Category Archives: Big Hole River

Catching On – Fly Fishing in Montana

Rick Stockbridge, Fly Fishing, Georgetown Lake

Brother-in-law Rick Stockbridge fly fishing on Georgetown Lake. He had to borrow warmer rain gear from Ron due to the unusually cool weather we had in late August.

My brother-in-law, Rick, from Texas came to visit last week. Sister Marsha couldn’t make it because she’s not yet strong enough after major back surgery to correct scoliosis. She vows to come in December to go snowmobiling in Yellowstone.

We put Rick up in the Guest House – that’s our slide-in camper parked in the driveway. It offered privacy, a comfortable bed, shower, radio and microwave.

Then we took him fishing.

Sunday was supposed to be iffy weather, so we opted to take the little motor boat on Georgetown Lake. Although clouds obscured the surrounding mountain ranges and vast Montana skies, as we caught rainbow and brook trout (and one silver salmon), we could see Montana’s nature encapsulated in the spunky fight, vibrant colors and psychedelic patterns of these vivacious piscatorial gems.

Rick Stockbridge, Georgetown Lake, Rainbow Trout

After a little instruction and a lot of casts, Rick was able to land several nice Georgetown Lake rainbow trout.

Rick Stockbridge, Georgetown Lake, Rainbow Trout

Here’s Rick reeling in his last catch of the day at Georgetown Lake. Seconds later, Ron’s rod was bending too, and they simultaneously landed a couple of nice rainbow trout.

Ron gave Rick some basic instruction on fly casting (we were throwing shades of brown jigs, then retrieving), and near the end of the day the two of them landed double rainbows!

We saw a merganser duck with a fish in his mouth be flocked by seagulls before he swallowed it whole. We also broke the tip off a Sage rod and almost capsized the boat when we all went for the save. Oh, and we got the stink off our new Fishpond light-weight composite net.

Georgetown Lake, Rainbow Trout

Getting the stink off our new Fishpond net.

On Tuesday, we gave Rick a ride down the Big Hole River in the Saturn raft – a glorious late-August blue-sky day with temps in the 70s. We stopped in the fly shop to get a shuttle and bought a few of their new dry flies they said should work great on this particular day. They did not. I don’t think we got one fish on top all day. Ron’s clown worm and the bead head pheasant tail nymph were the winner winner chicken dinners of the day.

Rick Stockbridge, Big Hole River, Fly Fishing

T-shirt weather on the Big Hole River.

Fishing nymphs, we landed lots of native white fish. But Rick didn’t care – he was fly fishing. In Montana. On the Big Hole River. And the weather was fall t-shirt weather while it was 100 degrees back home in Texas. Plus, he had the company and instruction of both Ron and I!

We made the four-mile float from Jerry Creek to George Grant in about six hours. We stopped often to fish good holes. Ate sandwiches and Cheetos. Admired our surroundings. Rick’s casting continued to improve. As Ron rowed, Rick stood and cast off the platform in front of the raft, as I fished languidly in the back. Surprisingly, as we cast from side to side, our lines tangled just once. Rick’s stability in the front of the boat was also impressive. I only saw him bobble one time as Ron pulled back a bit aggressively on the oars. We fished each hole diligently and often went back up river to, of course, fish the other side.

Brown Trout, Big Hole River

Ron landed this beautiful brown trout on one of our newly-tied clown worms.

Throughout the day we landed browns, rainbows, lots of white fish, and even one arctic grayling. We saw a number of raptors soaring overhead. A large flock of black birds made a ruckus in one small tree, then rose and fluttered off as we floated past.

The river flowed cool and easy, with riffles and rapids around each bend. There was barely a breeze. The sky was sunshine bright blue. Puffy white clouds, high rocky crags, and riverside trees offered just enough shade.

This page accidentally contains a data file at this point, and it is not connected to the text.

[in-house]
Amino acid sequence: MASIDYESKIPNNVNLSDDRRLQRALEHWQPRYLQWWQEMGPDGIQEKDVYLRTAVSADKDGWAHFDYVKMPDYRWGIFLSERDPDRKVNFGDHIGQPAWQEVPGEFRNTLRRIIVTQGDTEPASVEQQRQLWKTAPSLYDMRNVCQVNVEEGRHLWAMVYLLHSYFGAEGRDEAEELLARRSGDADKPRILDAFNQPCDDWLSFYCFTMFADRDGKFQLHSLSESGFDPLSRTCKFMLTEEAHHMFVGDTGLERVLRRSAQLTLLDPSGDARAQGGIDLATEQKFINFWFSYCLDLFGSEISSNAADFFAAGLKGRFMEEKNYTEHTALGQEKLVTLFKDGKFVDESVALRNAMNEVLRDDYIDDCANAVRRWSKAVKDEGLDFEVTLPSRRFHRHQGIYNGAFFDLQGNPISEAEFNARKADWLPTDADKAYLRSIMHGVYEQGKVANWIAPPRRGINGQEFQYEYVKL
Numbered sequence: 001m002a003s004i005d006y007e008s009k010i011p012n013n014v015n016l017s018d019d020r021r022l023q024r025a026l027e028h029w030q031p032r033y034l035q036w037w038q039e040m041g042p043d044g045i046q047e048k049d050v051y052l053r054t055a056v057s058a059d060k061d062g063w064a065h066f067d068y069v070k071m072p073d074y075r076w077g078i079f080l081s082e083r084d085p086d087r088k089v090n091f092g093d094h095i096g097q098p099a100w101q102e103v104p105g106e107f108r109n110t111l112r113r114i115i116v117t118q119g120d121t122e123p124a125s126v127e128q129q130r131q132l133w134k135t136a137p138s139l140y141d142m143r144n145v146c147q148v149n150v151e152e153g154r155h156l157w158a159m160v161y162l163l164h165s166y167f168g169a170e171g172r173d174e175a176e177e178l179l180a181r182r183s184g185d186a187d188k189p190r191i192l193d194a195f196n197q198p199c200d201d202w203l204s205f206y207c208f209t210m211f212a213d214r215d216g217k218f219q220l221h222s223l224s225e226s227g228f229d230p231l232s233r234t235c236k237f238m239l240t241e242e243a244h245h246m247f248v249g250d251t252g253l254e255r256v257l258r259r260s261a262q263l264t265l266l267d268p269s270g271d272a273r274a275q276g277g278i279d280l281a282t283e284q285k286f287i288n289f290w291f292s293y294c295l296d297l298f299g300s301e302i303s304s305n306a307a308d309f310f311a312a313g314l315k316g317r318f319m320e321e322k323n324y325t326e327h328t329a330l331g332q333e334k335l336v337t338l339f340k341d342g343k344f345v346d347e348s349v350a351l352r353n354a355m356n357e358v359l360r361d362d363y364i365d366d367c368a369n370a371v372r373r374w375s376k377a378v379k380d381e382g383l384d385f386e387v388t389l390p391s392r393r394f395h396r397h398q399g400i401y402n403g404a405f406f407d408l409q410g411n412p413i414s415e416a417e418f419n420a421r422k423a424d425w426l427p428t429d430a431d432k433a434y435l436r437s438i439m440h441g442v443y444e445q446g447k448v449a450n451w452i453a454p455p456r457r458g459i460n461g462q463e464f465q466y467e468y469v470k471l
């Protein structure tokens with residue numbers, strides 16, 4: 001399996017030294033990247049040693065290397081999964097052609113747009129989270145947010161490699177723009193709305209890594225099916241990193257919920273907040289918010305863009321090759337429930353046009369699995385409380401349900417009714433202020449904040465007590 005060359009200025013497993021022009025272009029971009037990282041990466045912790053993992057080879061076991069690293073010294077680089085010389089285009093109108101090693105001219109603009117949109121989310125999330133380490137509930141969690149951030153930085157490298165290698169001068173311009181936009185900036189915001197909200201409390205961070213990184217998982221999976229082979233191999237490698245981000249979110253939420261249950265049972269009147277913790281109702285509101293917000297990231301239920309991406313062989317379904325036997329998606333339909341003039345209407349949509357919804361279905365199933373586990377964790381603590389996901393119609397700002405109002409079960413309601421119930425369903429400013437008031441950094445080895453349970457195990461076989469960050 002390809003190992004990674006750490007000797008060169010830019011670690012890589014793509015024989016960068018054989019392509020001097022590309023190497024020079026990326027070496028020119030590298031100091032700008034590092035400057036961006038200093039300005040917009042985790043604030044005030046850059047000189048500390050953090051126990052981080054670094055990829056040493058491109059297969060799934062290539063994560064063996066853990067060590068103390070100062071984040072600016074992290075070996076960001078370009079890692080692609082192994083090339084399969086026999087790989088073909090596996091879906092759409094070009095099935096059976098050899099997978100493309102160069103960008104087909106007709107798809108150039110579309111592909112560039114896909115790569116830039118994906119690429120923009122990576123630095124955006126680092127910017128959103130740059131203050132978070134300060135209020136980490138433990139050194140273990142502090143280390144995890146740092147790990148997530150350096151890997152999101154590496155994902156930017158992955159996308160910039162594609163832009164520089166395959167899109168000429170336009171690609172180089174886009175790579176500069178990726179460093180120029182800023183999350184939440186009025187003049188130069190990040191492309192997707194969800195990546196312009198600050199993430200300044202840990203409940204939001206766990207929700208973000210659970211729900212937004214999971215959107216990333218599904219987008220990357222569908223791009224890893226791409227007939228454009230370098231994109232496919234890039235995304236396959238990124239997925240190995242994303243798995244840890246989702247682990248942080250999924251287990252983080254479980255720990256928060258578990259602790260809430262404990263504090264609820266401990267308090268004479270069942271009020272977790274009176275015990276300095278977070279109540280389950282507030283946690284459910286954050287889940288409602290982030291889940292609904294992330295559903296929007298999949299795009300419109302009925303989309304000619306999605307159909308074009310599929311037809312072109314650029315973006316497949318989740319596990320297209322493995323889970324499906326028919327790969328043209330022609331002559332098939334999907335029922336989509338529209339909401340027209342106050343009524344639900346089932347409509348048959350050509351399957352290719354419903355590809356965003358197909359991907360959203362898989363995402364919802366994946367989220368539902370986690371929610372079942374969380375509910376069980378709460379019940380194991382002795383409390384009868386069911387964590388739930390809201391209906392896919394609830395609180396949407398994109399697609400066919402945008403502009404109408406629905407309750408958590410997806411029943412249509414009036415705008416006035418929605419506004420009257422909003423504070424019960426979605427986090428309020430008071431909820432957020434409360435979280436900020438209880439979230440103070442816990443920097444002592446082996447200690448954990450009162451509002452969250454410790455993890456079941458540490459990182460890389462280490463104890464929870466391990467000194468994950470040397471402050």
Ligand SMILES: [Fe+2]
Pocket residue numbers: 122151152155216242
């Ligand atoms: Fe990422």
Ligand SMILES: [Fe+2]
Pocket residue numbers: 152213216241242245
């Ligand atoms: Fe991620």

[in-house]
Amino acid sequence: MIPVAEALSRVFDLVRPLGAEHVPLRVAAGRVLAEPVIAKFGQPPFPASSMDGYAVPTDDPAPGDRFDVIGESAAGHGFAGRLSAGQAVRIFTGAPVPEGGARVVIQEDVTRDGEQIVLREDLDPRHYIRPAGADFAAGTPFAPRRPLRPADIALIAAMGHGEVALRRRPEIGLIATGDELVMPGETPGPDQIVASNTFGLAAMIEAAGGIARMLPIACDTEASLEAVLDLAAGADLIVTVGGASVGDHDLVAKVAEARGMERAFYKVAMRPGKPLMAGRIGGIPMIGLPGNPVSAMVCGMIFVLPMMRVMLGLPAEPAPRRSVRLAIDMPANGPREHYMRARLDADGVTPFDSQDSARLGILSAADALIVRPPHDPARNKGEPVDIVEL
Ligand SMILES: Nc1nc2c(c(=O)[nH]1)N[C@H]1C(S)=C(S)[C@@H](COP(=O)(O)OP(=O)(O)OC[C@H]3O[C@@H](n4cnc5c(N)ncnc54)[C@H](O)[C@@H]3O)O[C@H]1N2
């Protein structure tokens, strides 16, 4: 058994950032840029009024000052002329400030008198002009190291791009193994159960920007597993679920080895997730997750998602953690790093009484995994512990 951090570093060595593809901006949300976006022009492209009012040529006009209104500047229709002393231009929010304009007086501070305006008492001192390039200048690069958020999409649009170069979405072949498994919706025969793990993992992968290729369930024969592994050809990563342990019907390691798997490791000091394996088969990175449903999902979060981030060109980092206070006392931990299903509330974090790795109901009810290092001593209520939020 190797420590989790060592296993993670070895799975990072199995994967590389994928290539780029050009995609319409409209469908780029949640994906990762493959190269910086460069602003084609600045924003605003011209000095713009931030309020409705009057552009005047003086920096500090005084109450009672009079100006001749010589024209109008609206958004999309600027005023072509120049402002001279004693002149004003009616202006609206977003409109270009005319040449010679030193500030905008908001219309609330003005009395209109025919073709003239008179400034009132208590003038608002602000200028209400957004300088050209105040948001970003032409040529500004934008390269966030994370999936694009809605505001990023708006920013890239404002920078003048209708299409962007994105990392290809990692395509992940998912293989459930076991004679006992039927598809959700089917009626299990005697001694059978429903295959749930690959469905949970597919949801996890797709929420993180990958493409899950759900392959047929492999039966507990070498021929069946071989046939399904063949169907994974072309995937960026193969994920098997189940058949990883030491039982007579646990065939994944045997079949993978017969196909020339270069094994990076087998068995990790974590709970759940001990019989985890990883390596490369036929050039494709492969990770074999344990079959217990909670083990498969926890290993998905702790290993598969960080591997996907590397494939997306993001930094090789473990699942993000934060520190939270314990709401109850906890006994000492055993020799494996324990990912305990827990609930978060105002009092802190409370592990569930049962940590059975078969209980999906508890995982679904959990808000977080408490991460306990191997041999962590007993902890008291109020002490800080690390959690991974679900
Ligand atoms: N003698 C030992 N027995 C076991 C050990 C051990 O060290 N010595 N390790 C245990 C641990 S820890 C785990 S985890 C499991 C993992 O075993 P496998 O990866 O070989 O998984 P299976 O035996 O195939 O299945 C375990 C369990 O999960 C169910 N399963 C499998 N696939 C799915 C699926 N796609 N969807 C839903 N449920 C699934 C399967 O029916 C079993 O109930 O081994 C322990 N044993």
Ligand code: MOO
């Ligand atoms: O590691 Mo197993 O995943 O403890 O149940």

By journey’s end, Rick had caught his share of fish, and lost twice as many. For him, it seemed casting was easier than catching. Ron complimented him, saying, “Rick, you’ve developed a natural pause on your back cast.” Rick only nodded and talked about coming back to fish next spring. I think he’s catching on.

Big Hole River, Fly Fishing

Ron, doing his own thing – hoping for a bite on the Big Hole River.

Making Memories with Family
August 23-27, 2014

Arctic Grayling, Big Hole River

Fluvial Arctic Grayling, Big Hole River

We caught (and released) this very special Fluvial Arctic Grayling in the Big Hole River on a #16 bead head pheasant tail nymph.

Grayling from the Big Hole River! We caught this little gem (on a #16 bead head pheasant tail nymph) between Jerry Creek and George Grant Memorial on the Big Hole River. This is just the second Arctic Grayling I’ve had the pleasure to catch and release.

At this time, the last viable native populations of these Fluvial (river-dwelling) Arctic Grayling are found only in the Upper Big Hole River, so they are extremely special trout. Their outstanding characteristics are the large sail-like dorsal fin and black spots on the body.

For the past many years, they’ve been considered for the Endangered Species List, but through cooperative efforts their numbers have been sufficiently restored, according to the U.S. Fish and Wildlife Service.

Trout Tuesday, Big Hole River Brown Trout

German Brown Trout, Big Hole River

Spots of a German Brown Trout.

There are two types of brown trout in Montana – the German Brown and Scotland’s Loch Leven. Ron says German Browns have black spots as well as red or orange spots, often encircled by pale halos. Loch Leven do not have colored spots.

The territories of these two strains are also different. Again according to Ron, both can be found East of the Continental Divide, but only the German Brown can be found West of the Divide.

When I asked Ron how he knows all this he just said, “Well, I was born and raised in Montana!”

German Brown Trout, Big Hole River

German Brown Trout caught and released on the Big Hole River.

Trout Bums on the Big Hole River

Big Hole River

Big Hole River in July.

We had a couple of weekends in July when we fished the Big Hole River hard on Friday, caught our breath on Saturday, then hit it again on Sunday.

We “endured” heat, cold, wind, mosquitos, and even some periods of slow fishing.

We saw a gaggle of geese riding out low water rapids like buoyant little boats holding their heads high.

We traveled with three fly rods loaded with streamers, nymphs, and a dry/dropper combo.

We hit a spot one day, 50 yards from put in, where we landed over ten fish – boom, boom, boom.

There was the one cast I’ll never forget. Ron was on the oars through a string of rapids. I was up front, looking, casting, holding on. I threw behind a large bounder, and the fly landed perfectly. Oh it was like an impeccable 300 yard drive on the golf course. But this one was smacked by a mighty brown trout, and the fun was only beginning! The hope, then pride, then excitement. The appreciation of beauty and ultimate understanding that we were simply at the right place, at the right time, with the right everything …